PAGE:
Complex carbohydrates take longer for the body to break down and absorb and therefore provide a slower or more gradual increase in blood sugar levels. Your physician may even advise you to eat smaller frequent meals throughout the day. Along with diet, exercise is also of equal importance. Exercise will increase tissue levels of chromium and also increases the number of insulin receptors. In many instances, changes in diet and exercise may push borderline blood sugar down to a normal range.

The best prevention is adopting a healthy lifestyle. Because obesity is so strongly associated with TypeII diabetes, weight control is an important element of diabetic management. If you want to lose weight to control diabetes, high blood pressure and reduce the risk for developing heart disease then walk, walk and walk some more.

Insulin injections don't cure diabetes. They enable you to live with it.....that is if you call injecting yourself multiple times a day, "living". The key word is HEALTHY LIFESTYLE through diet, exercise and certain herbs and supplements.

For more information please visit

About the Author
Mayur Vibhakar is the editor of A site dedicated to providing health information and articles.

Monday, March 20, 2006

Exercise and Diabetes

Why Exercise?

- May improve blood sugar control
- Increase circulation of blood to all parts of the body
- Helps in weight control
- May lower blood pressure
- Relieve Stress

Exercise lowers the blood sugar levels. In order to prevent your sugar dropping too low, you will need to reduce the amount of insulin taken, or increase the amount of carbohydrates taken to offset the exercise being done.

Always carry quick acting sugar, like lifesavers or sugar cubes, so if your sugar does go low, you can quickly bring it back to a safe level.

Please discuss with your dietitian how exercise will work with your food intake, and how to modify the intake to ensure your sugars do not drop too low.

Michael Kralj
Purchase cheap domain name registration for your Diabetic Diet website online.

Monday, March 13, 2006

Diabetes and Alcohol

Diabetes and Alcohol

Remember to discuss the issue of using alcohol with diabetes with your physician and dietitian. Alcohol is high in energy, meaning lots of calories

If your dietitian has said alcohol is permitted:

- Use when you have your diabetes is under well control
- Drink in moderation and sip slowly
- Do not drink on an empty stomach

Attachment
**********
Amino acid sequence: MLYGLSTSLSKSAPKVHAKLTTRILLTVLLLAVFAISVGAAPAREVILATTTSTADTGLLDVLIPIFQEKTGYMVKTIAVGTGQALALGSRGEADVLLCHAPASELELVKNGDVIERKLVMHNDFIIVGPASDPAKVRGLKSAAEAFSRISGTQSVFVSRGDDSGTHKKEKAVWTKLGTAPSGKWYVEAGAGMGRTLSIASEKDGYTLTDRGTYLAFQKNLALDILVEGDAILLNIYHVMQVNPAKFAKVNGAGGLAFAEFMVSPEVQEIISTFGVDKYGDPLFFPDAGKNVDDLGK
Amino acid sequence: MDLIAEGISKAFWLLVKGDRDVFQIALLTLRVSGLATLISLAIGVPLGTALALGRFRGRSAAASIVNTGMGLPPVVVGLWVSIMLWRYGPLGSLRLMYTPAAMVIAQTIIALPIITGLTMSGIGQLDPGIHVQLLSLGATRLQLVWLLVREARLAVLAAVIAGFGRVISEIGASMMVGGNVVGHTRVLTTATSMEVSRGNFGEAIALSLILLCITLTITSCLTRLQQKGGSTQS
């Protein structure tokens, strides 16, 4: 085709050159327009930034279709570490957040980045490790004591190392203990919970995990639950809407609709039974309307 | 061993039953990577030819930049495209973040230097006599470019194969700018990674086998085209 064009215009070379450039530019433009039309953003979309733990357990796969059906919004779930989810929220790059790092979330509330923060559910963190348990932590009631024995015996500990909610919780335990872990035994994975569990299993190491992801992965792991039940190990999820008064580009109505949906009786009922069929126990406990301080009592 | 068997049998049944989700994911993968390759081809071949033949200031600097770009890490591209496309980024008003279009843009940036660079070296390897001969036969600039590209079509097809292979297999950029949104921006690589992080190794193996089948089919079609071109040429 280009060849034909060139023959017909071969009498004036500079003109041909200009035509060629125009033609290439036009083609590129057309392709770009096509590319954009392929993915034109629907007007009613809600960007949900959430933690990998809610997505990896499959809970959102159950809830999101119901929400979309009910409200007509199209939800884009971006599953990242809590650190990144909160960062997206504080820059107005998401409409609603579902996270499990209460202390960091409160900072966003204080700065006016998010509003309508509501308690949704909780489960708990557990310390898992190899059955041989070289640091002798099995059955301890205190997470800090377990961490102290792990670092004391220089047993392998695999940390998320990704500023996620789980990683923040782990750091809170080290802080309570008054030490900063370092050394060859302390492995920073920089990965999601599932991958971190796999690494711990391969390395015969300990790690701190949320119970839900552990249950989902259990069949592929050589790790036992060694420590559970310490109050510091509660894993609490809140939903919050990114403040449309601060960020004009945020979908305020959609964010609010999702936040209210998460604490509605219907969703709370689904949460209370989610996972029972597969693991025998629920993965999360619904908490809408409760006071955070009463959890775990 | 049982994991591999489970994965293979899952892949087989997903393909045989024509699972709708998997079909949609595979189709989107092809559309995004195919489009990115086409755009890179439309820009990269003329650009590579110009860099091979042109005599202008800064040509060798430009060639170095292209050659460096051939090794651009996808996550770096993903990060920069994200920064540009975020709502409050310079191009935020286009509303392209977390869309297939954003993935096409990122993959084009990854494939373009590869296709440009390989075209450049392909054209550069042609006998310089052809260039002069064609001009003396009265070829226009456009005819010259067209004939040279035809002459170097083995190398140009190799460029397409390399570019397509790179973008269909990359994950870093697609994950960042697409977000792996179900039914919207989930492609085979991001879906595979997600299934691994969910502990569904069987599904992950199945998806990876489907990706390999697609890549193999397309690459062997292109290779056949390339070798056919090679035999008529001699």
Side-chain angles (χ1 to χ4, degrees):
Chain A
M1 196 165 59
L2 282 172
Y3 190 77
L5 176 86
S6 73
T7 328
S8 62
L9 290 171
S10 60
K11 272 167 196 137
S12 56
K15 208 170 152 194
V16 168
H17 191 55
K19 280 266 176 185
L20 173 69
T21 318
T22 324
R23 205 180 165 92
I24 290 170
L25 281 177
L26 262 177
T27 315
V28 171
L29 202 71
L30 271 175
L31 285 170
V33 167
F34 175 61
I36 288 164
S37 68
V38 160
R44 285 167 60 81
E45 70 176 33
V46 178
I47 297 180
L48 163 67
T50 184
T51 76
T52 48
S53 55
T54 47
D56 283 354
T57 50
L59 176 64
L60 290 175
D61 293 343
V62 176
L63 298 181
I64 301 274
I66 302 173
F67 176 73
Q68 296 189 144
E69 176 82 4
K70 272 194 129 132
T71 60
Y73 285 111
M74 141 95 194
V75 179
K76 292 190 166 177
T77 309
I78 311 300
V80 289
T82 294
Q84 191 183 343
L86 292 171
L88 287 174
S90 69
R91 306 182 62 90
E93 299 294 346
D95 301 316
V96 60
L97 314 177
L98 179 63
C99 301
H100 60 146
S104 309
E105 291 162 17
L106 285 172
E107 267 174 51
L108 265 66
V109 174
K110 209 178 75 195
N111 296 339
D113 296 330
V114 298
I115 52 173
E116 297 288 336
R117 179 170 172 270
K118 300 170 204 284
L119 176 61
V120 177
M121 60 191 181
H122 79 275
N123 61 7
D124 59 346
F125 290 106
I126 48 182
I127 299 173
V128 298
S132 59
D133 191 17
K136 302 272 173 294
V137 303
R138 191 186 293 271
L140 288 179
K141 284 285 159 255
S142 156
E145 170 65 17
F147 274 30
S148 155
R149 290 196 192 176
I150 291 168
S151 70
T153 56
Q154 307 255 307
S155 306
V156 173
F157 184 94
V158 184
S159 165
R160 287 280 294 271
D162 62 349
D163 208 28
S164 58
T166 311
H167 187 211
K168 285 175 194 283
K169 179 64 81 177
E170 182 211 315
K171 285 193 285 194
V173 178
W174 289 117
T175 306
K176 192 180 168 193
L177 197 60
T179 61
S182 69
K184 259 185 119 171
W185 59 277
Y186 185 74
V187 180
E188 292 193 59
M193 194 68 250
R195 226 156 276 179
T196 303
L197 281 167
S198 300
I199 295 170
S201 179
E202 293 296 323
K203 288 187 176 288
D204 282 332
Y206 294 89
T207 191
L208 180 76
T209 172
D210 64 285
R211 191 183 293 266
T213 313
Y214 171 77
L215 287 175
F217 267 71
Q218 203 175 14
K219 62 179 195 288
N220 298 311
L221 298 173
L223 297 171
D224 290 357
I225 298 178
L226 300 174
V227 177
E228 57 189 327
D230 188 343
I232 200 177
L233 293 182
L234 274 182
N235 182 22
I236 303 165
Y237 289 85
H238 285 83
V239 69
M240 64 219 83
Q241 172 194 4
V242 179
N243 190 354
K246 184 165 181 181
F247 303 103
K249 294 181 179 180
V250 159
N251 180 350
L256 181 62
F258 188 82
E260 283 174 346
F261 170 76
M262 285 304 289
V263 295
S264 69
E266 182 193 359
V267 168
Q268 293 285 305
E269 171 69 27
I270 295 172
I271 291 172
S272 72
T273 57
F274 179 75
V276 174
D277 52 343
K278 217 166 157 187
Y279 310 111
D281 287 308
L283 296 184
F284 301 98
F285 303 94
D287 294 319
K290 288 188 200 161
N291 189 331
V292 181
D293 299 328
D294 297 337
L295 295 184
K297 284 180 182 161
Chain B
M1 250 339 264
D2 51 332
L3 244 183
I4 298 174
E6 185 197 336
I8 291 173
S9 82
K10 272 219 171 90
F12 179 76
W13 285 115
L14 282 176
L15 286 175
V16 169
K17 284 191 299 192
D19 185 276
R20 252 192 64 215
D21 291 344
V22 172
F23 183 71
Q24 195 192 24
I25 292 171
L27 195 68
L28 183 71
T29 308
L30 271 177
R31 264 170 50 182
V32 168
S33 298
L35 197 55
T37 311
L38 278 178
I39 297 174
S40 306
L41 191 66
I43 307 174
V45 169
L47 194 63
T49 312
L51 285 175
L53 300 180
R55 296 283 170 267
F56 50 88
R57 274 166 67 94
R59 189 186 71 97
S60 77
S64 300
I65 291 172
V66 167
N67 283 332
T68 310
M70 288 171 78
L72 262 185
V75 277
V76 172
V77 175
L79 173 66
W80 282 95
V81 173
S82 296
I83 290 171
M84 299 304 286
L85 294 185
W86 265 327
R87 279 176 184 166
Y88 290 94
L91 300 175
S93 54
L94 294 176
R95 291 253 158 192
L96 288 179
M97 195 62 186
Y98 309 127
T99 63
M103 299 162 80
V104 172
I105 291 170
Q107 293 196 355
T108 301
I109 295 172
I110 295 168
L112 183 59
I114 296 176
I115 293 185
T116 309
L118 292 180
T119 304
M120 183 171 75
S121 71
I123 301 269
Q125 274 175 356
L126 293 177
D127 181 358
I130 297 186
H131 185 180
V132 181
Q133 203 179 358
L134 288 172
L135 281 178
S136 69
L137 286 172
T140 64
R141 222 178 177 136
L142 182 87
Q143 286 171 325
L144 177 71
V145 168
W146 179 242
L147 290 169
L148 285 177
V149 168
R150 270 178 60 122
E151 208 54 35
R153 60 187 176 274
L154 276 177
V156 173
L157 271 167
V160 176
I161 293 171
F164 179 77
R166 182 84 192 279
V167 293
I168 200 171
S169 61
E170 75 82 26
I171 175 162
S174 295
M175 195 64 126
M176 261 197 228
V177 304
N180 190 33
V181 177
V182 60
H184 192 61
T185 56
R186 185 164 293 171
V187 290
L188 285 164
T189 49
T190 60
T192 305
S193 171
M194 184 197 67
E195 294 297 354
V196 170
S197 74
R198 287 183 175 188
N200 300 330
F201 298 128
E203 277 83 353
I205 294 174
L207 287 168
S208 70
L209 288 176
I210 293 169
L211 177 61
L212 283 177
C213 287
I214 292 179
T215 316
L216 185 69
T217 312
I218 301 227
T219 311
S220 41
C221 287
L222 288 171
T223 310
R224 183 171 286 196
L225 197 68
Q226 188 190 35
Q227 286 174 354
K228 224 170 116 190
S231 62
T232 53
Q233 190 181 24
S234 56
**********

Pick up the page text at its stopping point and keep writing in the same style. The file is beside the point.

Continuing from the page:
- Try to avoid drinking sweetened mixes, liquers and wine coolers
- Upon taking insulin, do not substitute food with alcohol
- Wear Diabetes Identification like a Medic-Alert bracelet when away from home, so others can react to assist you

Michael Kralj
Other Blogs of Interest: 2006 World Cup, Ultrasonic Liposuction

Sunday, March 12, 2006

Dietetic foods

Dietetic foods

You may see foods labeled Dietetic, but these are generally expensive and are not needed by a Diabetic.

- Dietetic does not always mean Diaabetic
- Sugar-less is not the same as Sugar-free
- Light or Lite does not always mean smaller amounts of sugar

You may use:

Sugar-free gum
Sugar-free soft drinks
Sugar-free Kool Aid
Artificial Sweeteners

Say no to:

Diet Chocolate
Dietetic Cookies
Dietetic Ice Cream

Michael Kralj
Other Blogs: Sump Pumps, Ultrasonic Liposuction

Saturday, March 11, 2006

Diabetes & Blood Sugar

Diabetes & Blood Sugar

After food is eaten, it is broken down to sugar appearing in the bloodstream. What happens in a diabetic, is the body down not produce enough insulin to remove the sugar from the blood. The sugar remains in your blood and cannot be used by the body for energy.

No cure exists for either Type 1: Insulin Dependent or Type 2: non-insulin dependant diabetes, however it can be controlled through:

- Diet
- Diet & Pills
- Diet & Insulin

Diabetic Goal

To prevent the level of sugar in your blood from becoming too high or too low.

How can we achieve our Diabetic goal?

By balancing the amount of food we eat, and the kind of food we eat with the amount of insulin available in our bodies and our physical activity.

Michael Kralj
Diabetic Diet, Ultrasonic Liposuction

Wednesday, March 08, 2006

What is a Diabetic Diet?

What is a diabetic diet?

A Diabetic Diet is a food plan designed for you that:

- Recommends the amount of food to eat
- Suggests how often and what time of day to eat
- Tries to maintain or achieve the best weight for you
- Allows you to eat foods you want to eat with a few exceptions

Some foods cause your blood sugar to rapidly increase because they have high concentration levels of sugar.

What to AVOID!

- Brown or White Sugar
- Iced Baked Goods
- Regular Soft Drinks
- Candy
- Jams / Jellies
- Regular Pudding Mixes

What to DO!

- Do not skip any meals or snacks
- Eat the quantity of food listed on your meal plan